Three shows opened on Broadway within the last four days, four more will officially open within the next four days, and then the Broadway 2022-2023 season will officially end, and the theater awards season will be well underway, with nominations announced for at least four New York theater awards by the end of the week, including the Outer Critics Circle Awards and the Drama Desk Awards, the two that this year have eliminated gender for their acting categories.
The Week in New York Theater Reviews
It might feel jarring initially that “Plays for the Plague Year” is being presented at a cabaret…But presenting this year-in-review as a revue proves surprisingly effective – entertaining, evocative, provocative. The informality and intimacy make the production feel at times like a gathering where together we are reliving the memories. At its best, “Plays for the Plague year” offers the opportunity for a sense of community and, for some, of catharsis. Full Review
Larissa FastHorse, whose often hilarious play is reportedly the first on Broadway by a Native American woman, sends up well-meaning white liberals, mocks the vanities and pretensions of thespians, and generates chuckles about identity politics, veganism and the public school system, while suggesting uncomfortable truths about the annual American holiday marking the Pilgrims’ seventeenth century meal with the Native Americans who helped them survive the winter….FastHorse, a member of the Sicangu Lakota nation of South Dakota, surely doesn’t mean to communicate the message that the effort to be sensitive to Native American culture is political correctness run amok. But that would be an almost understandable misinterpretation of a play that casts such a wide net in pursuit of laughs and traffics in such merciless caricature. . Full Review
Sure I laughed. I laughed when Tinker Bell is electrocuted, and when Neil Patrick Harris’s Masterpiece Theater-like chair somehow attacks him. But, after two hours watching an implausible pile-up of mishaps, mayhem and actor injuries, I found “Peter Pan Goes Wrong” an oddly dispiriting experience.
I suppose it was unrealistic to hope for something more than just the theater comedy equivalent of a demolition derby. After all, these practiced professionals have been extracting silly laughs from pretend amateur gaffes for fifteen years. Full Review
if “Prima Facie” (a legal term meaning “on the face of it”) is a polemical play, what unfolds on the stage of the Golden Theater is an effectively directed, sleekly designed production that is, above all, a golden vehicle for the actress Jodie Comer.
In her remarkable Broadway debut, Comer gives an emotionally raw and physically demanding performance that drives home the humiliation, betrayal, and feelings of helplessness that accompany sexual assault and its aftermath. Comer’s bruising portrayal of Tessa goes a long way towards persuading us to accept a set of circumstances that seem deliberately chosen to test our level of enlightenment about the issue. Full Review
The Week in New York Theater News
After a decade as a commercial cabaret, 54 Below (so-named because it occupies a space below Studio 54) is now a non-profit, 501(c)3. What does this mean? They can fundraise. They hope to offer discounted tickets to people under 35, find new ways to support artists, and attract new audiences.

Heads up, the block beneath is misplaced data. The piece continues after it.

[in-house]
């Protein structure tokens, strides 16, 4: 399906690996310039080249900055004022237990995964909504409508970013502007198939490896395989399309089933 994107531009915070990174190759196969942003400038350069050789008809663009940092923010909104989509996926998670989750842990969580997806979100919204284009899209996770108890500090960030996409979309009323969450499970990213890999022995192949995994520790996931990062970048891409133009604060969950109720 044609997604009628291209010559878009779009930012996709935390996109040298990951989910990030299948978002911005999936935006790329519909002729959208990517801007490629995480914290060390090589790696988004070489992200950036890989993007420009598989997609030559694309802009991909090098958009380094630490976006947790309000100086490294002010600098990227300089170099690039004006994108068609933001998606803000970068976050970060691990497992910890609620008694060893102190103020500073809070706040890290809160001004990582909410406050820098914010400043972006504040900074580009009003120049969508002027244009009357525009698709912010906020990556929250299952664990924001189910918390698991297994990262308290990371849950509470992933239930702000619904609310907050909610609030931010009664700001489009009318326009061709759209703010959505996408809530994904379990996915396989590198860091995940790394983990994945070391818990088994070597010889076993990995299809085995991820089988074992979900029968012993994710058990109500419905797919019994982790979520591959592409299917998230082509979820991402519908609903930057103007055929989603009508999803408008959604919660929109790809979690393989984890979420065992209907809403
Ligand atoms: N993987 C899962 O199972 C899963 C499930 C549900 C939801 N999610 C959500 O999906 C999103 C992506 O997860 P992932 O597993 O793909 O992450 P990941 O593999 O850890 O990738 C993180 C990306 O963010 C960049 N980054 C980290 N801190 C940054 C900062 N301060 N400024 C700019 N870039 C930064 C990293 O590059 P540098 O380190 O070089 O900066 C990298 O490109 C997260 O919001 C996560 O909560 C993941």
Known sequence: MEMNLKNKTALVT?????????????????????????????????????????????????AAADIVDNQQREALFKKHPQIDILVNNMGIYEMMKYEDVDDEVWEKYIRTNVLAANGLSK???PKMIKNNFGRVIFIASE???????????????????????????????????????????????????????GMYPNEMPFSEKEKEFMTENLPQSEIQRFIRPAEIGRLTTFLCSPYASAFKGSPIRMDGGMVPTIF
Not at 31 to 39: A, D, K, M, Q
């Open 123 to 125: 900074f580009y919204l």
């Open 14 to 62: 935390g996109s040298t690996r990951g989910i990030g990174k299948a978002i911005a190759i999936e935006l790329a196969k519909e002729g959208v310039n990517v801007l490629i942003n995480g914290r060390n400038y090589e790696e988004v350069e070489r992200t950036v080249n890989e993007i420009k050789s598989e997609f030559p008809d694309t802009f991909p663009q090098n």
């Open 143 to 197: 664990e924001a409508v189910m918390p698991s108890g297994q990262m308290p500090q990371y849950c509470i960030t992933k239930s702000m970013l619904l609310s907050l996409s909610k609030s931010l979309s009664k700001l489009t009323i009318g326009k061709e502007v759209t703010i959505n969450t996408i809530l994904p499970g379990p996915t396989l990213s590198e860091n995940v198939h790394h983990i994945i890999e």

The Drama Desk Awards are the second New York City award (after the Outer Critics Circle) to remove gender from its acting categories. Both did so without consulting their membership. The updated categories for the Drama Desk Awards are: Outstanding Leading Performer in a Play, Outstanding Leading Performer in a Musical, Outstanding Featured Performer in a Play and Outstanding Featured Performer in a Musical. Each of these categories will have twice as many nominees as the former categories (and) will have two winners each. The nominations will reportedly be announced this Thursday.
Judge Dismisses Garth Drabinsky Defamation Suit Against Actors’ Equity (The Hollywood Reporter)
The producer sued after the union placed him on the “Do Not Work” list, alleging thousands in owed payments and a hostile work environment at the musical “Paradise Square”
Playwright Realm’s 2023 INK’D Festival of New Plays, April 24-27: Andrea Ambam’s Fragile State, Jesse Jae Hoon’s Somebody is Looking Back At Me, , Alyssa Haddad-Chin’s The Ancestry Dot Com Play, and Alex Lin’s LASTHUNTER.
Elizabeth Irwin’s Support, April 26 – May 20 at A.R.T./New York. The site-specific production follows the eight-week journey of a domestic violence support group who “all want to heal but are conflicted about how to make that happen”
Orietta Crispino’s Let Me Cook For You, April 28 – May 28 at NYC’s Theaterlab. Directed by Liza Cassidy and performed by Crispino, the “collage of inherited myths and apocryphal histories, melding the intoxicating act of storytelling with the ritual of preparing food” features a home-cooked meal designed for an audience of 15.
Todd Haimes, 66, the artistic director of Roundabout Theater for 40 years, from the basement of a grocery store in Chelsea to a major NYC, w/ 5 houses on Broadway and Off Broadway
Barry Humphries, 89, the Australian comedian behind the character Dame Edna Everage, star of three Broadway shows: Dame Edna the Royal Tour, Dame Edna Back with a Vengeance, and All About Me. Before his Dame persona, Humphries performed in the original Broadway production of the musical Oliver)
Pierre Lacotte, 91, a French choreographer and dance historian who was known for researching and restaging 19th-century ballets — and also for playing a modest role in helping the dancer Rudolf Nureyev defect from the Soviet Union in 1961, which made headlines around the world
The Week’s Theater Video
Chita Rivera on CBS Sunday Morning